The study, which appears in Fertility and Sterility, also linked a class of antidepressants known as non-selective serotonin reuptake inhibitors (non-SSRIs) to a higher risk of early pregnancy loss among females being treated for infertility. SSRIs, another class of antidepressants, were not linked to pregnancy loss. Neither depression in the female partner nor use of any other class of antidepressant were linked to lower pregnancy rates.
“Our study provides infertility patients and their physicians with new information to consider when making treatment decisions,” said study author Dr. Esther Eisenberg of NICHD, which funded the study.
Citing previous studies, the authors noted that 41 percent of women seeking fertility treatments have symptoms of depression. In addition, a study of men seeking IVF treatments found that nearly 50 percent experienced depression. The authors conducted the current study to evaluate the potential influence of depression in couples seeking non-IVF treatments.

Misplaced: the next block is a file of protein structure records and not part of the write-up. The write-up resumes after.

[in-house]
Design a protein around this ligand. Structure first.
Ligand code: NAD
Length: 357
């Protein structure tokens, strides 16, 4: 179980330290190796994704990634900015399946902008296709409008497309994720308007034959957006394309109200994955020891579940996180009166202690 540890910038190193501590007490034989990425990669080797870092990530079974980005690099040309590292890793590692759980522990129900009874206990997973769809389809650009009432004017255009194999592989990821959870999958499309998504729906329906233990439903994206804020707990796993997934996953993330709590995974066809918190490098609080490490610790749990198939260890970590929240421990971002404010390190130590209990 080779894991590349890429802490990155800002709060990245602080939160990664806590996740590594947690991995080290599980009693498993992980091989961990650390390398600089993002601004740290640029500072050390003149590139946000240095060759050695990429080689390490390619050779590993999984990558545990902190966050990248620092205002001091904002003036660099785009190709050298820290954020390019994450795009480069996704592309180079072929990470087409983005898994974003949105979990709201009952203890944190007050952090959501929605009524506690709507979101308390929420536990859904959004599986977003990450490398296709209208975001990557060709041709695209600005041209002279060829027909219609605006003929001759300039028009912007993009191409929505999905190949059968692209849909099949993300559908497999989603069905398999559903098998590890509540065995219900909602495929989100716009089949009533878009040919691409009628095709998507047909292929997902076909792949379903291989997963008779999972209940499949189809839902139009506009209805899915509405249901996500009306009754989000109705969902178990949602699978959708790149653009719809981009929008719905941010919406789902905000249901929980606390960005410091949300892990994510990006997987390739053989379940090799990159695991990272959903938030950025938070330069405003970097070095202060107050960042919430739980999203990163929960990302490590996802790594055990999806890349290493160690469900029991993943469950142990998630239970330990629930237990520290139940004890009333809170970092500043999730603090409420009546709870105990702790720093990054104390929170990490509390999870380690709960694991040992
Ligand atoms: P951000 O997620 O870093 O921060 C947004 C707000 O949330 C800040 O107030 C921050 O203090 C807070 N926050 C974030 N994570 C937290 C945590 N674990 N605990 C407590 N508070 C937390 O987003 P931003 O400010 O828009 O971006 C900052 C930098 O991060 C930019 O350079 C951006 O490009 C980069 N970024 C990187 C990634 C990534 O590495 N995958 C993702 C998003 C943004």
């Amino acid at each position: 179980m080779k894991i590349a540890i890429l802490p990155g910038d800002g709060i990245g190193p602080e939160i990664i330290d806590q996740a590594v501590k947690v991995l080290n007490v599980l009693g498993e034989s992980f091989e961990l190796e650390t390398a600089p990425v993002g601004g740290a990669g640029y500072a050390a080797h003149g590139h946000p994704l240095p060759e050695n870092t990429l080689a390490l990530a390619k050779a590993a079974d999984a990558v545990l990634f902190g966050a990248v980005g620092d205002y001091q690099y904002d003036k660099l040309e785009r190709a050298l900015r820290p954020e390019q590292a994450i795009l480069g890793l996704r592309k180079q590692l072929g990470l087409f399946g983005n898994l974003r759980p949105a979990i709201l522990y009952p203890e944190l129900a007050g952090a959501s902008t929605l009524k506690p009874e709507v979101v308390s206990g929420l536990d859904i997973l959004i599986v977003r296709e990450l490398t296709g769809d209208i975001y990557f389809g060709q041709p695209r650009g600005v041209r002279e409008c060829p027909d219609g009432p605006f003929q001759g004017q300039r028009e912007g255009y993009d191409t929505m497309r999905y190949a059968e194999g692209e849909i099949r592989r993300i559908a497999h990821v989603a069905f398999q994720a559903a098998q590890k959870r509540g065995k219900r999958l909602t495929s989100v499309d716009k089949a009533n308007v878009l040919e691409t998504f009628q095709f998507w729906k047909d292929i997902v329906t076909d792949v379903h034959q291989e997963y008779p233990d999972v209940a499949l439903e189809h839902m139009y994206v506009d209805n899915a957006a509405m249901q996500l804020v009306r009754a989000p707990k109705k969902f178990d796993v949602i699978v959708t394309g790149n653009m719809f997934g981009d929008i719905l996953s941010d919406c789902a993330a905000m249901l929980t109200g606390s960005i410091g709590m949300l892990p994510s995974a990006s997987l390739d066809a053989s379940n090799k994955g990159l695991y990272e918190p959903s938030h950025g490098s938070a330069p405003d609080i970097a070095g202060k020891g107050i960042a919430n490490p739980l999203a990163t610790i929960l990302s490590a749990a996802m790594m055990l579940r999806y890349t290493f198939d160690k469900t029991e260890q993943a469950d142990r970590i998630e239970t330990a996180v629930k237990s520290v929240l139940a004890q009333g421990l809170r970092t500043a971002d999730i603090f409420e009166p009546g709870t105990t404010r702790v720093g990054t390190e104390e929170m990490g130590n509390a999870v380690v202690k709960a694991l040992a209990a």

Scientists Watch Brain’s Lining Heal After Head Injury
Following head injury, the protective lining that surrounds the brain may get a little help from its friends: immune cells that spring into action to assist with repairs. In a new study, NIH scientists watched in real time as different immune cells took on carefully timed jobs to fix the damaged lining of the brain, also known as meninges, in mice. These results may help provide clues to the discovery that the meninges in humans may heal following mild traumatic brain injury (mTBI) and why additional hits to the head can be so devastating.
“The lining of the brain, with help from the immune system, has a remarkable ability to put itself back together again after injury,” said Dr. Dorian McGavern, NINDS scientist and senior author of the study published in Nature Immunology. “As we learn more about all the cells involved in the repair process, we may be able to identify potential targets for therapy that lead to better outcomes for patients.”
The study came about from an observation on MRI scans of adult patients who experienced a concussion or mTBI. Around half of patients with mTBI show evidence of injury to blood vessels in the meninges, which appears on MRI scans as a vascular dye leaking out of the damaged vessels.
The meninges are a collection of membranes that line the central nervous system and help protect brain and spinal cord tissue from various forms of injury. Damage to the meninges can cause cell death in underlying brain tissue.